Levels of employment in developing countries are, by contrast, much higher percentagewise. In Africa, an estimated 60 percent of the workforce is engaged in agriculture, and countless small, micro and informal businesses are working to move food from the farm gate to local, urban, and in some cases export markets. Their distinct disadvantage, however, is not having access to capital equipment, finance, and infrastructure needed to efficiently and safely build farm-to-table linkages. This contributes to tremendous levels of food loss before getting to consumers, which in turn becomes a major contributor to hunger and malnutrition. In fact, according to the Food and Agriculture Organization of the United Nations (FAO), about 1/3 of food produced globally is either lost or wasted. In industrialized countries, waste occurs primarily at the retail or post-consumer levels, whereas in developing countries most occurs post-harvest and in processing, before reaching consumers.
There are a lot of issues to be addressed in overcoming world hunger and malnutrition. One that deserves more of our attention is just what’s being discussed here: capturing food that is already produced (meaning nutrition too) and delivering it safely to consumers. This of course will require broad stakeholder engagement, from both the public and private sectors. It also means helping entrepreneurs and business owners, primarily small- and medium-sized, to adopt better food safety and food processing practices into their business models, as well as developing markets and consumer demand for their higher-quality, higher-cost food products. Good food can be good business.
So, this Thanksgiving, think about all of those folks who played a part in setting your table, starting with the farmer, right up to the stock clerk. Think too about their peers in developing countries, and the similar-yet-different challenges they face, and how important their role is in feeding a hungry world. And, if you do eat green-bean casserole, thumbs up!
By Gretchen Neisler, AIARD President
Vice Provost for International Affairs, University of Tennessee - Knoxville
Fall has brought its splendor to our weather and forests and as many societies turn to celebrating the harvest season and giving thanks for the bounty of food produced, there are still 815 million people suffering from hunger. It is the silent killer – each year it is killing more people than malaria, tuberculosis and AIDS combined.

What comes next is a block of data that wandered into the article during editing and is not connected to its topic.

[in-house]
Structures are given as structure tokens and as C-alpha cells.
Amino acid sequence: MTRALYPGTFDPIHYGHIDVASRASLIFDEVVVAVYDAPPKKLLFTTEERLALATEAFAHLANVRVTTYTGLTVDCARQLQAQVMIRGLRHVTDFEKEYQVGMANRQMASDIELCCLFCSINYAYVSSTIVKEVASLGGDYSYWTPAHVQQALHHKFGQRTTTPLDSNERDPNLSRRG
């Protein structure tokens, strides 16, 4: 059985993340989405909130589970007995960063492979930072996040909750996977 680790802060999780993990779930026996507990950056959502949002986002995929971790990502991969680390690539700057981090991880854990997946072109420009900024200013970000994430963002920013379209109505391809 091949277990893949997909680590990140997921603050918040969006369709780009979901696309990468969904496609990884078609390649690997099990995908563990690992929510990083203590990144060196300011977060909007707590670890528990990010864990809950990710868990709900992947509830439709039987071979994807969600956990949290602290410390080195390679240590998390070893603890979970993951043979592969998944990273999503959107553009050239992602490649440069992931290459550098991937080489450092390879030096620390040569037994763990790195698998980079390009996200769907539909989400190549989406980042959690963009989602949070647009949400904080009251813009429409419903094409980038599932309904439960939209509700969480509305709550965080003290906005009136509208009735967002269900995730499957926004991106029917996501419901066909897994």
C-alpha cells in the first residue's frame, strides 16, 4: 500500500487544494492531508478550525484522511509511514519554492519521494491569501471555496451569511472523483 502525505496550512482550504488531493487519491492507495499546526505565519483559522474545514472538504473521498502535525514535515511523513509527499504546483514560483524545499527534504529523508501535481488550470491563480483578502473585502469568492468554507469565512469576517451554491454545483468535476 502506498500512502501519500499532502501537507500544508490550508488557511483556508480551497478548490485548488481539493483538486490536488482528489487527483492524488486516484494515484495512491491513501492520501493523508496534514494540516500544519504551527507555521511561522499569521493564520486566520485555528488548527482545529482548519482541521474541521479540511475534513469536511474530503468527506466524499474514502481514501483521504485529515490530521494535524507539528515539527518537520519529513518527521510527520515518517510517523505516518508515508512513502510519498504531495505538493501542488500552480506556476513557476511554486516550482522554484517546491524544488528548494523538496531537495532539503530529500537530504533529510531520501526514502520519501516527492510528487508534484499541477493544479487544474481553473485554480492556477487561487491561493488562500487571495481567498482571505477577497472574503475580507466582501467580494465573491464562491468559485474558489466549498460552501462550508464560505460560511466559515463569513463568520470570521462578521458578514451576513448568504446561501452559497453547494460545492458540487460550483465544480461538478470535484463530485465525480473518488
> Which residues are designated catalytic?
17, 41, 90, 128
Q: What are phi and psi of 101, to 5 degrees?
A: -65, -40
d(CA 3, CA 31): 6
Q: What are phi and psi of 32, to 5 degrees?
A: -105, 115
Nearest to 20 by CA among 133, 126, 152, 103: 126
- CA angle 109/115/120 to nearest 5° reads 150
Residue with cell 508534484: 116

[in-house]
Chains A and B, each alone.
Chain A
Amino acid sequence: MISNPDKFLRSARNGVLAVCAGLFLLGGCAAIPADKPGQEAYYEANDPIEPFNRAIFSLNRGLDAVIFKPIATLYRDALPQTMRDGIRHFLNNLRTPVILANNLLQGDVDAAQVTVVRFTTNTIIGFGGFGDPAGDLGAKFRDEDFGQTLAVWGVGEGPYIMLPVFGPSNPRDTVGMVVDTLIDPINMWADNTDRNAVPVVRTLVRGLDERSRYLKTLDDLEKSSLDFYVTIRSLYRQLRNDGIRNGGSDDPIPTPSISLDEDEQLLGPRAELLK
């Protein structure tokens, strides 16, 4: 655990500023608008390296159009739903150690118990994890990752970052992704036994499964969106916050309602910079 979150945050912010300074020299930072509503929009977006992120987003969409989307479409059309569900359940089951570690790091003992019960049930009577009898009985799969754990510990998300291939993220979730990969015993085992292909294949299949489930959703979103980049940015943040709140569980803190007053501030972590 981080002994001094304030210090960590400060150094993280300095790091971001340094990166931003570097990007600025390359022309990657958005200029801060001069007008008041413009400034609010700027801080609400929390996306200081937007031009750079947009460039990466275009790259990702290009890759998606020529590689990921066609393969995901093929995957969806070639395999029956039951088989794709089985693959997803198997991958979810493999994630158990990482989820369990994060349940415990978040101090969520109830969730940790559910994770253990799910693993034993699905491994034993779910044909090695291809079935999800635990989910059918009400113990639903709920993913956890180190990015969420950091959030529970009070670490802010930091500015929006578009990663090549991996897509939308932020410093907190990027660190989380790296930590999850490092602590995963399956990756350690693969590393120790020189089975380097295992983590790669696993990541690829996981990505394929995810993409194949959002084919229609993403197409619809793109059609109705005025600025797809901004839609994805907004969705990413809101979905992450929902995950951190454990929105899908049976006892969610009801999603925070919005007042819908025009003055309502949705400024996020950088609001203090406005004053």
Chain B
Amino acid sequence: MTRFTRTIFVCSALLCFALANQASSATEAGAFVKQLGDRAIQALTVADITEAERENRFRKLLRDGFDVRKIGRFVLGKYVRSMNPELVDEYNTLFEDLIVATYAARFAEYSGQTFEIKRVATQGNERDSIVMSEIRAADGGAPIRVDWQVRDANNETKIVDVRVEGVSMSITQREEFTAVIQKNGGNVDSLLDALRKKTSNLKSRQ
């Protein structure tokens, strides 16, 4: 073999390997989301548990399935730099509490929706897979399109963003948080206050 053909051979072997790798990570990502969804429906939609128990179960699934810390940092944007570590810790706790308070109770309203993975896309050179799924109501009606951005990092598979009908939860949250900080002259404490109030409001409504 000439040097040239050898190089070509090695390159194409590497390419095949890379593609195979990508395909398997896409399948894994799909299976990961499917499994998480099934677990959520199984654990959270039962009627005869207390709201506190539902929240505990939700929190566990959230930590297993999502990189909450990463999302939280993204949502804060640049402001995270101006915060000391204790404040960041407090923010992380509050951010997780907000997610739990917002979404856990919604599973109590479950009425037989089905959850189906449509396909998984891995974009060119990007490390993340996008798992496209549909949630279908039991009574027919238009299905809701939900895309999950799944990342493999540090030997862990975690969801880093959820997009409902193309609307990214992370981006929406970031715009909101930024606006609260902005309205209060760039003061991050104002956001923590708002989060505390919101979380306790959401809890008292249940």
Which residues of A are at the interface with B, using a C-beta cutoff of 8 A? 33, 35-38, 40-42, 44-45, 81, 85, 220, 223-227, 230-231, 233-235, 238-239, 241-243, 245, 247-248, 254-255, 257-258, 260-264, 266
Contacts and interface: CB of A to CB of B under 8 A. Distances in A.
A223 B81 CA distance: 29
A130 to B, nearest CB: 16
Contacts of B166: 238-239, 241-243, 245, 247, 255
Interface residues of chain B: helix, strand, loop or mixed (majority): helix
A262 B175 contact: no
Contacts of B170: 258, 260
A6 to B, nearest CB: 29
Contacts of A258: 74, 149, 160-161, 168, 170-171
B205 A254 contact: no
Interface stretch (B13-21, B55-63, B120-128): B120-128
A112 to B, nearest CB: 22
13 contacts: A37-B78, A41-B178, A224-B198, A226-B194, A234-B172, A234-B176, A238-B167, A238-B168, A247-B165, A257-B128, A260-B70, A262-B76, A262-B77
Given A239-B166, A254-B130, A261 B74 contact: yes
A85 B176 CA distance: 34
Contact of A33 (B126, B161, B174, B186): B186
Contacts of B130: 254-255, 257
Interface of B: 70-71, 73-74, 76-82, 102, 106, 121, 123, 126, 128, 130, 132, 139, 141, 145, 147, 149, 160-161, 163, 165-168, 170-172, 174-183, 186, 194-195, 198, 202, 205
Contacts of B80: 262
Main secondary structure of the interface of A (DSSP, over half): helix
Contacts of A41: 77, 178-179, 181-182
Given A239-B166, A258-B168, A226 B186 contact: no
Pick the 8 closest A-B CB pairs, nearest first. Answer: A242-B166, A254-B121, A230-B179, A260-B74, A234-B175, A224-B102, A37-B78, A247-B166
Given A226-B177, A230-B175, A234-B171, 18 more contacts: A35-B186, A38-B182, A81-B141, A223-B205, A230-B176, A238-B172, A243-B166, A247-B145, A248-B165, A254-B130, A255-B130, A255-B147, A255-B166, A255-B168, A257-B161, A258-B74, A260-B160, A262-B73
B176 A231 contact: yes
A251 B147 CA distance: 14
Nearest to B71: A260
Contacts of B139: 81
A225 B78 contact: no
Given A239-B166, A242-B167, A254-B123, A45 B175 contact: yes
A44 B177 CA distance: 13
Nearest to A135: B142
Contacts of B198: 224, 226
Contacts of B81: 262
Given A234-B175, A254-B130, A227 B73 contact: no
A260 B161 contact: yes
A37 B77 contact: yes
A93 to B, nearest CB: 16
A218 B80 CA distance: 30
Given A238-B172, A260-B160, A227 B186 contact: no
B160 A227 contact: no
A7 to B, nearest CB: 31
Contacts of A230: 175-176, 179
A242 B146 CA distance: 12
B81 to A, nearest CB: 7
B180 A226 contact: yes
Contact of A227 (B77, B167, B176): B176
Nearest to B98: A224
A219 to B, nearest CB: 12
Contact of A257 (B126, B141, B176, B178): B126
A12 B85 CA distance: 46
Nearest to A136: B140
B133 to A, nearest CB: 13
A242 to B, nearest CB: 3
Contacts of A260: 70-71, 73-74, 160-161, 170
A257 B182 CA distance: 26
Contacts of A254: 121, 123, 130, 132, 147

Today, the FAO celebrates the World Food Day to commemorate the founding of the Organization in 1945. “The commemoration promotes worldwide awareness and ACTION for those who suffer from hunger and for the need to ensure food security and nutritious diets for all.” (www.fao.org)
As an organization, AIARD and its members are steeped in the work of alleviating hunger, enhancing food production, and changing policies to reduce household food insecurity. While we know the facts that surround food insecurity and malnourishment, I hope you will take a moment to reflect on the progress that has been made after reading this – “out of the 129 countries monitored by FAO, 72 have already achieved the target of halving the proportion of people who suffer from hunger by 2015; over the past 20 years, the likelihood of a child dying before age five has been nearly cut in half, with about 17,000 children saved every day; extreme poverty rates have been cut in half since 1990.” (www.fao.org)
Now, take another moment and renew your commitment to the work that still needs to be done. What can you focus on for the next 12 months that will have a positive impact on this issue? Where can you maximize your network to instill change and modify behaviors for different outcomes?
Happy fall y’all from my new post at Rocky Top! I look forward to connecting with you and marveling at the good work being done to achieve #ZEROHUNGER and the great leadership we have in AIARD.
The mission of the AIARD BLOG
The mission of the AIARD Blog is to highlight and share thoughts, ideas and work from people who have devoted their careers to global agricultural development and hunger alleviation.